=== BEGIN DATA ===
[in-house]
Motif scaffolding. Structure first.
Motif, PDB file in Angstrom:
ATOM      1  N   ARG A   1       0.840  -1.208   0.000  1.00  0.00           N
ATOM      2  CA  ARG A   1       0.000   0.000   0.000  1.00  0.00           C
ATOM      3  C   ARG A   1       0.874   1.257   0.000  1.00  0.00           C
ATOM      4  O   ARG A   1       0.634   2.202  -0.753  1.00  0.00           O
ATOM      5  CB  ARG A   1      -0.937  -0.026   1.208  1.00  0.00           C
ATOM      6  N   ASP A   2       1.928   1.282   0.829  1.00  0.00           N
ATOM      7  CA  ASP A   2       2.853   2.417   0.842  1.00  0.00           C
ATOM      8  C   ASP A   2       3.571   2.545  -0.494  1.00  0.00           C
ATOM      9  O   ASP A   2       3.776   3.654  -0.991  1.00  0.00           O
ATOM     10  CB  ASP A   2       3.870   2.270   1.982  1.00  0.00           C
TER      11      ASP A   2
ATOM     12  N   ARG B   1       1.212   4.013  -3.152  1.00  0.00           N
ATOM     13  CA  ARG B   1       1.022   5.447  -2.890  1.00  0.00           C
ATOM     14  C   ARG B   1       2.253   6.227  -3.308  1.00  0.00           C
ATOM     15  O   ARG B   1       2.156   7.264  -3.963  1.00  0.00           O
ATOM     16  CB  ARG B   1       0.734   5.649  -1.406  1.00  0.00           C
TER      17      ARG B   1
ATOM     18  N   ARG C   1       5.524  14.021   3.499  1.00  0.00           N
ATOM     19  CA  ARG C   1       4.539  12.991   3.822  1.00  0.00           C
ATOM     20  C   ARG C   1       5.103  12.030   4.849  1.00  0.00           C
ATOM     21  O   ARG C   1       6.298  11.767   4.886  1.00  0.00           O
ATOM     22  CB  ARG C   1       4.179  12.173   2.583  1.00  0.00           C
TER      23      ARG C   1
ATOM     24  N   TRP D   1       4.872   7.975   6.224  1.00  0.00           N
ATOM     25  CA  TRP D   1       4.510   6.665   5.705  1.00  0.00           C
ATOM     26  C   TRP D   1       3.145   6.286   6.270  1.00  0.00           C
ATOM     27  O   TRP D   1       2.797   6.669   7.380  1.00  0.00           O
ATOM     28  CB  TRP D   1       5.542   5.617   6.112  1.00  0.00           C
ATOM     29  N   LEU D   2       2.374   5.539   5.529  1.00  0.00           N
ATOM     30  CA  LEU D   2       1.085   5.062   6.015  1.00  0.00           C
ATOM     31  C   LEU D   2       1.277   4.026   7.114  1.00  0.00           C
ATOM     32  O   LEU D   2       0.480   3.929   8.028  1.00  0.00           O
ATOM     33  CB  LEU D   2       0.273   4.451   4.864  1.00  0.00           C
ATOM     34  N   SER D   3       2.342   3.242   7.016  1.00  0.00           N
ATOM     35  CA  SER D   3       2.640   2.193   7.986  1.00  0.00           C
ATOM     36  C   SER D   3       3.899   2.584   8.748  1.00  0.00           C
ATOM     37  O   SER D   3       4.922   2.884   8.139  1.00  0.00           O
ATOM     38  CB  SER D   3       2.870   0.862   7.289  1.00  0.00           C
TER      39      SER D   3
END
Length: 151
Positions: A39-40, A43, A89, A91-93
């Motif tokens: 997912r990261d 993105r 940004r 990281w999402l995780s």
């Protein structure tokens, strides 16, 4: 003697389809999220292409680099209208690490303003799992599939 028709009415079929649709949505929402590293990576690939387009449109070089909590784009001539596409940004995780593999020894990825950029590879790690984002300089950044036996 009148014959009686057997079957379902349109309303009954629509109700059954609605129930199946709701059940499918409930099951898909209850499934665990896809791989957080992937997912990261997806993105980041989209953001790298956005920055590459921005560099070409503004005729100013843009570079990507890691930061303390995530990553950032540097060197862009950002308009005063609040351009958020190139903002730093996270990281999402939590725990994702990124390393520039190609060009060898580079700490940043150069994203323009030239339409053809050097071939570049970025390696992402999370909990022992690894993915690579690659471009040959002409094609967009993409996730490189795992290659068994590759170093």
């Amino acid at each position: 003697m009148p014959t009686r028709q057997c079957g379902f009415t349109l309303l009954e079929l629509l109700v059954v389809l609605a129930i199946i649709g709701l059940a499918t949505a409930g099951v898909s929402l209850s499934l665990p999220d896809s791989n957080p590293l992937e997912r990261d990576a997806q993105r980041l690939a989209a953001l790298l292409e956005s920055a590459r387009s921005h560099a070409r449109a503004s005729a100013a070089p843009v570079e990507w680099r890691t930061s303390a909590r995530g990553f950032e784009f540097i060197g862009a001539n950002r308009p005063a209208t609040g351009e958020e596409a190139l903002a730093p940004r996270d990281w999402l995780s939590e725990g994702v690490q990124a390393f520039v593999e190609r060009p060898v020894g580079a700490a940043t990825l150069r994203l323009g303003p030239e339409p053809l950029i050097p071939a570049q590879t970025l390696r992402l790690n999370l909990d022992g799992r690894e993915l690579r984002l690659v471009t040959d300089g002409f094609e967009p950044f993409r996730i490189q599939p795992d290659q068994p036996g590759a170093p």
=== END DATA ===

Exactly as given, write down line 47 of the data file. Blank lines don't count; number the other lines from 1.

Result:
């Protein structure tokens, strides 16, 4: 003697389809999220292409680099209208690490303003799992599939 028709009415079929649709949505929402590293990576690939387009449109070089909590784009001539596409940004995780593999020894990825950029590879790690984002300089950044036996 009148014959009686057997079957379902349109309303009954629509109700059954609605129930199946709701059940499918409930099951898909209850499934665990896809791989957080992937997912990261997806993105980041989209953001790298956005920055590459921005560099070409503004005729100013843009570079990507890691930061303390995530990553950032540097060197862009950002308009005063609040351009958020190139903002730093996270990281999402939590725990994702990124390393520039190609060009060898580079700490940043150069994203323009030239339409053809050097071939570049970025390696992402999370909990022992690894993915690579690659471009040959002409094609967009993409996730490189795992290659068994590759170093």